Like the Sun articles, it is technically accurate. The news hook is that Global is painting these developments as part of a recovery (it also profiles Kamloops and the Northwest). But all this would have been more timely if Global had copped onto these changes anywhere within the last two decades.
Seriously, aside from Nancy-O’s (which has only been around three years) this could have been made at any point in the past ten-fifteen years. Downtown has continuously shown signs of recovery. I wrote it about it in the university newspaper almost decade ago. On that note, I went to this recovery-leading university almost a decade ago, and it had already been open most of my life. And the real-estate prices? Not exactly groundbreaking.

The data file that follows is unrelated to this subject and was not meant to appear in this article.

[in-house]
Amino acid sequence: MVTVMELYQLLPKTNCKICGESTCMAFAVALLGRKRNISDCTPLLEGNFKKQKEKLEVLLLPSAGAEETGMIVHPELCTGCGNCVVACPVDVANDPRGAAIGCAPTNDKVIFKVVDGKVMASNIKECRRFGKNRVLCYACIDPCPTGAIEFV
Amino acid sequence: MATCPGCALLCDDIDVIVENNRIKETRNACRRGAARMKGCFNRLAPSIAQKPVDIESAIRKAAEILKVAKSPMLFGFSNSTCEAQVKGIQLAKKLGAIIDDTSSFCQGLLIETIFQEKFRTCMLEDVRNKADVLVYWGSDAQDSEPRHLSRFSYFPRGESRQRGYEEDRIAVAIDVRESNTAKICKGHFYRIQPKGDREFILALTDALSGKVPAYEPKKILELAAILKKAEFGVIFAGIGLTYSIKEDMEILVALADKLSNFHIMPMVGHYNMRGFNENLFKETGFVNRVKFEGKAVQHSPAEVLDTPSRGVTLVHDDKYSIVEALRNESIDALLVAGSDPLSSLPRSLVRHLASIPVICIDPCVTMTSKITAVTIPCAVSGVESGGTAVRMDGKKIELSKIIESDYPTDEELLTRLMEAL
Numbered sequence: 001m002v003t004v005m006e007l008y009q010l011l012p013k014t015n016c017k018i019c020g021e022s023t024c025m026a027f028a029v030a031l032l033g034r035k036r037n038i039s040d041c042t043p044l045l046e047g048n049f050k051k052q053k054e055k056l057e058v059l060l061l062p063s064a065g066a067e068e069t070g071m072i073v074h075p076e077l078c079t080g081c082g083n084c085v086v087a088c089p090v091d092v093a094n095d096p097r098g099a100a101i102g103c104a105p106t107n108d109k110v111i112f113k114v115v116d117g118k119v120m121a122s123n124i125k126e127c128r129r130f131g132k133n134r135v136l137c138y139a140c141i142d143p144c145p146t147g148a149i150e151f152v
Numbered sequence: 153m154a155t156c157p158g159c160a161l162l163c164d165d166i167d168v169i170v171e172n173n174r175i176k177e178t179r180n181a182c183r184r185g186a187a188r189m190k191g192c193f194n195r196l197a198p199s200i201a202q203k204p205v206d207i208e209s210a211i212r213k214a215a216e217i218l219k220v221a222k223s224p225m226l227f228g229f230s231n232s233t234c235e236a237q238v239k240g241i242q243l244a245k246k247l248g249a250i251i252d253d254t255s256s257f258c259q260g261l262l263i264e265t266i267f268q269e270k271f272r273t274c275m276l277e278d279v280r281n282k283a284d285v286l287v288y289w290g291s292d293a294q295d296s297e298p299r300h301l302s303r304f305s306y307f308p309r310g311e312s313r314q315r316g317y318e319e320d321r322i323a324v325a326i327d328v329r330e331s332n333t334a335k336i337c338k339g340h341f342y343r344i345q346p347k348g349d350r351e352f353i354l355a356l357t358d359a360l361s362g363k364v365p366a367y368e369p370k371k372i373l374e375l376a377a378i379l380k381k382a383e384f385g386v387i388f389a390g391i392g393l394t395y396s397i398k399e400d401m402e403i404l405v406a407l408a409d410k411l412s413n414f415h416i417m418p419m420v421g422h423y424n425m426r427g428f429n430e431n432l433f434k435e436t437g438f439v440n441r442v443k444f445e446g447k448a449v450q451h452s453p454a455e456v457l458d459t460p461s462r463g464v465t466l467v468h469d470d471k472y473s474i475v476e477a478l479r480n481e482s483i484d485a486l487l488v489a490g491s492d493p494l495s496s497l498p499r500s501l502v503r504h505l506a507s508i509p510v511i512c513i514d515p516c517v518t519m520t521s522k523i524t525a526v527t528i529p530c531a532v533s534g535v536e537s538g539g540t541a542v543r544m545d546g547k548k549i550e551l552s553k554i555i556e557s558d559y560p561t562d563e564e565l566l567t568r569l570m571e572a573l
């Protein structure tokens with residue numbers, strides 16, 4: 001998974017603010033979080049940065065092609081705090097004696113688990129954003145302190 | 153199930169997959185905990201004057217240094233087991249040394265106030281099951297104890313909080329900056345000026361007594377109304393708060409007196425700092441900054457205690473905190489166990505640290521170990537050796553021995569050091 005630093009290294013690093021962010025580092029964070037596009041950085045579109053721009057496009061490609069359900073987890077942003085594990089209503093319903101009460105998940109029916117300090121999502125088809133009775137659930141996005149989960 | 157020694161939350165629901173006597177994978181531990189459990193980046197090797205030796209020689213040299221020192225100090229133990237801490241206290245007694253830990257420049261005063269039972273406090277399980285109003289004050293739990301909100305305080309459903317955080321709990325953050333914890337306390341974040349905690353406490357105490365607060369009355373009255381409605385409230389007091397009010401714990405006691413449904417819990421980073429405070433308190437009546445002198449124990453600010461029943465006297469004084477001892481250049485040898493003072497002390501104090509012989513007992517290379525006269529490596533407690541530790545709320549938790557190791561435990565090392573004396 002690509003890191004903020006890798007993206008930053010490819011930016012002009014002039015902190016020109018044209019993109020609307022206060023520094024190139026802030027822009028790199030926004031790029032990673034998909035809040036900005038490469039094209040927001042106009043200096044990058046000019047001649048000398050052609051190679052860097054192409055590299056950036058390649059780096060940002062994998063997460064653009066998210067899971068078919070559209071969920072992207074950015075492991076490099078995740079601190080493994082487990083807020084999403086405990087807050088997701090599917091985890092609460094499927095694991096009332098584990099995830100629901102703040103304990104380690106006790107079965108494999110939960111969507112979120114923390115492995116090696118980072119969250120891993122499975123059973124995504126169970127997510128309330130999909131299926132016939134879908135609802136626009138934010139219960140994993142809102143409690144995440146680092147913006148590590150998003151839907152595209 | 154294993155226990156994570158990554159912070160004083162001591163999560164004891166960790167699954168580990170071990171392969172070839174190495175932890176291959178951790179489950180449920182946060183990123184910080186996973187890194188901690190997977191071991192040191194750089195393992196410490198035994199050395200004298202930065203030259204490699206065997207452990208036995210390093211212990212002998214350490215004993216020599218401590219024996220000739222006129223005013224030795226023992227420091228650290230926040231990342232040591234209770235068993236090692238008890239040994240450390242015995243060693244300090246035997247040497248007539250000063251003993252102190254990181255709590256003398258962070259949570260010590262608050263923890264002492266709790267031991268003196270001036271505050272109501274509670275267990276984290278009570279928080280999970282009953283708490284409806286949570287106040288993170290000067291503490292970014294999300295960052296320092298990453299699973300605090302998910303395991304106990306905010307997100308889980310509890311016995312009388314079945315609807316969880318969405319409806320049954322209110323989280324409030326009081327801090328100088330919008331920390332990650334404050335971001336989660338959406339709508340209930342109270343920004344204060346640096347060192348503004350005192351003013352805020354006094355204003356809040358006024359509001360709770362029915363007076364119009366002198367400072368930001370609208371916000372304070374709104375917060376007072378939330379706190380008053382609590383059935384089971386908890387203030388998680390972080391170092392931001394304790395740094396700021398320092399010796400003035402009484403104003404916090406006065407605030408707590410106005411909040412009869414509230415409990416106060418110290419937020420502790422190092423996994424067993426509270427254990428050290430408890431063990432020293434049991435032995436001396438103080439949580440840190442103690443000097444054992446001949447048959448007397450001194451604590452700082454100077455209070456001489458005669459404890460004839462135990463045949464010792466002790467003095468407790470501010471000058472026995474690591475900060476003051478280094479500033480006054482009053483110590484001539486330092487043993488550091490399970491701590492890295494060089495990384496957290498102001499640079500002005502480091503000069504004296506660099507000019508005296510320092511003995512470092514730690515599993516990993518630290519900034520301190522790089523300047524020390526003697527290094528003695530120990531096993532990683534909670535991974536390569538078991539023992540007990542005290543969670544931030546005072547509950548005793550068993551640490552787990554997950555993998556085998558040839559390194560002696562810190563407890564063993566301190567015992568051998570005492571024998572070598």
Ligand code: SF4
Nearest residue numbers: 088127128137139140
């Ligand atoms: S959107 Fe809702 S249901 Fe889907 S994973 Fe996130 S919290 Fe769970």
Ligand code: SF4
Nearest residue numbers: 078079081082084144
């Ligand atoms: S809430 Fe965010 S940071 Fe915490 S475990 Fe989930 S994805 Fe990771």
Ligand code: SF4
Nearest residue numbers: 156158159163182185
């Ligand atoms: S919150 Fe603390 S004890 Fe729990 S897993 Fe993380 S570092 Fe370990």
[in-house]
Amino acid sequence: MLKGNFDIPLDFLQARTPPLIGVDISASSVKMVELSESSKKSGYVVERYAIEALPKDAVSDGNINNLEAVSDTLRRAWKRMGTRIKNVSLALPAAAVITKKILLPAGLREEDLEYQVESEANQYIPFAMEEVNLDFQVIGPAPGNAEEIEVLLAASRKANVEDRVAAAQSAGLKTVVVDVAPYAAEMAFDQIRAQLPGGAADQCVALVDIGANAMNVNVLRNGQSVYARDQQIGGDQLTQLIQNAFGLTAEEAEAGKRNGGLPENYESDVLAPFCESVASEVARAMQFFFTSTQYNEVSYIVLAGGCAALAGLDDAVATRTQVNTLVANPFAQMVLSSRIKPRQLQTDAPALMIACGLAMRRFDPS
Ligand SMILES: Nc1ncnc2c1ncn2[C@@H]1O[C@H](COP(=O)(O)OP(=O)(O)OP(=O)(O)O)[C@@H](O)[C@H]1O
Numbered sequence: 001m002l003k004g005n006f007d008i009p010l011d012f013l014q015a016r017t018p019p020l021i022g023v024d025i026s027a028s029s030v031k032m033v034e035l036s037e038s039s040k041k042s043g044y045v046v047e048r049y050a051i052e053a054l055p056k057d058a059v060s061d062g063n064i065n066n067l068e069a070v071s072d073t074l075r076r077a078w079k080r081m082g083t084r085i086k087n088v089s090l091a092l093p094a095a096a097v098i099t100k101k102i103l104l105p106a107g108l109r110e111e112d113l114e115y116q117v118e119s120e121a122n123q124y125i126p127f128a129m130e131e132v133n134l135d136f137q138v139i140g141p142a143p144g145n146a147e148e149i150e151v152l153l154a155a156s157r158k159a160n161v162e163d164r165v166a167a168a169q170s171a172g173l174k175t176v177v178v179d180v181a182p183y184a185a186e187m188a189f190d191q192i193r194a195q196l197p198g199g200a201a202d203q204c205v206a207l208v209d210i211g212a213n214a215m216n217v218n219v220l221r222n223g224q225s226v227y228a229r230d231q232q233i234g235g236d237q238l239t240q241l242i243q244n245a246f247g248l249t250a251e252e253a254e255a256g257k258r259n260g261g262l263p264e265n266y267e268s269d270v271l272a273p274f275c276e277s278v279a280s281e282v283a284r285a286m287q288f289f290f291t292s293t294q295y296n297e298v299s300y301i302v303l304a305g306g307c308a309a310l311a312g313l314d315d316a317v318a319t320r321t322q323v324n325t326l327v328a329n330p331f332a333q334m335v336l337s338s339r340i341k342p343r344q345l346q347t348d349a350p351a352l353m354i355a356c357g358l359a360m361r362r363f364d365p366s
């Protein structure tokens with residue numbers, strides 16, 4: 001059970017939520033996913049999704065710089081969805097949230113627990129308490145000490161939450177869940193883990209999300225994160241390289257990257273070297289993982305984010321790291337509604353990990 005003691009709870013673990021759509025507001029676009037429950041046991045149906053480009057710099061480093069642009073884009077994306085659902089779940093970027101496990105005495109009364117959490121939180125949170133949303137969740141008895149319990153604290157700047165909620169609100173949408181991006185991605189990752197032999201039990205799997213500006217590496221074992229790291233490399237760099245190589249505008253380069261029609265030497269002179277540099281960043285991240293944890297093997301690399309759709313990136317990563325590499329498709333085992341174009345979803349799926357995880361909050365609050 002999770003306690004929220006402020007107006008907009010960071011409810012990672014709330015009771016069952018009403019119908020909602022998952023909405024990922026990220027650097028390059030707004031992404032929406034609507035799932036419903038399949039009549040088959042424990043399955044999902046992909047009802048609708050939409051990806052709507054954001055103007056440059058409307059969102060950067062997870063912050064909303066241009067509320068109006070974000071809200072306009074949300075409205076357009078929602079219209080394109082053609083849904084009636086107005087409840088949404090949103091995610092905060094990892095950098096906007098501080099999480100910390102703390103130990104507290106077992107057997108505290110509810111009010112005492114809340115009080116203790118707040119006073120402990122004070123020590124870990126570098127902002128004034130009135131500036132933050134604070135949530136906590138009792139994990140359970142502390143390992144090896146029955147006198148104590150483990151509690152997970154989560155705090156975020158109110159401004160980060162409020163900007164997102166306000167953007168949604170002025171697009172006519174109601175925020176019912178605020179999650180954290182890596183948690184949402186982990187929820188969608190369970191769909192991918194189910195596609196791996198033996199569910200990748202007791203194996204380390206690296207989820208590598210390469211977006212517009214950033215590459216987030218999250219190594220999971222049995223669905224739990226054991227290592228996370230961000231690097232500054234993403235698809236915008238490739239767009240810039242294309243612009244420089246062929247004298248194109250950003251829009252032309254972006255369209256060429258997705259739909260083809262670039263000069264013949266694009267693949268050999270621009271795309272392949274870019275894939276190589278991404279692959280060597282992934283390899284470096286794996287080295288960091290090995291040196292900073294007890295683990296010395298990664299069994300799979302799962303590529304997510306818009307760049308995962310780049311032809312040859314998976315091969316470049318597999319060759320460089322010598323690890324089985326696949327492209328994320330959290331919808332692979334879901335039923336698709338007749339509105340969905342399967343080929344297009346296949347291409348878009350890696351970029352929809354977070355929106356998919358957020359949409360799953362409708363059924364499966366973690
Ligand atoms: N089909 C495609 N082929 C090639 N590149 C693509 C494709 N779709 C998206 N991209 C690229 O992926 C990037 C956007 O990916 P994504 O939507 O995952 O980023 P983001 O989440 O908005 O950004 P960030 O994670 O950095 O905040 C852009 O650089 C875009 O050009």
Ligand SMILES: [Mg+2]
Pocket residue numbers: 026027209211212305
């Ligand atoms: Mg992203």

Neither the Sun series nor the Global video are harmful. They seem like a well-meaning attempt to show Prince George in a positive light (and maybe sell ads to northern businesses happy with the coverage, another interesting Godbout suggestion2). It may be a much-needed antidote to some of the more negative attention the city has received.
But the whole thing bothers me a little bit, and here’s why I think that is: there’s nothing new here, and it doesn’t really capture the local flavour.
First, there’s the nothing new angle. Awesome that you discovered this stuff now, but where have you been? The fact that the existence of UNBC is presented as new/surprising information is troubling. UNBC is consistently ranked highly in a number of categories, regularly does groundbreaking research, and has been a central part of the north (and by extension, the province) for over a decade. But the angle for the Sun and Global is basically “There’s a university in Prince George- who knew?”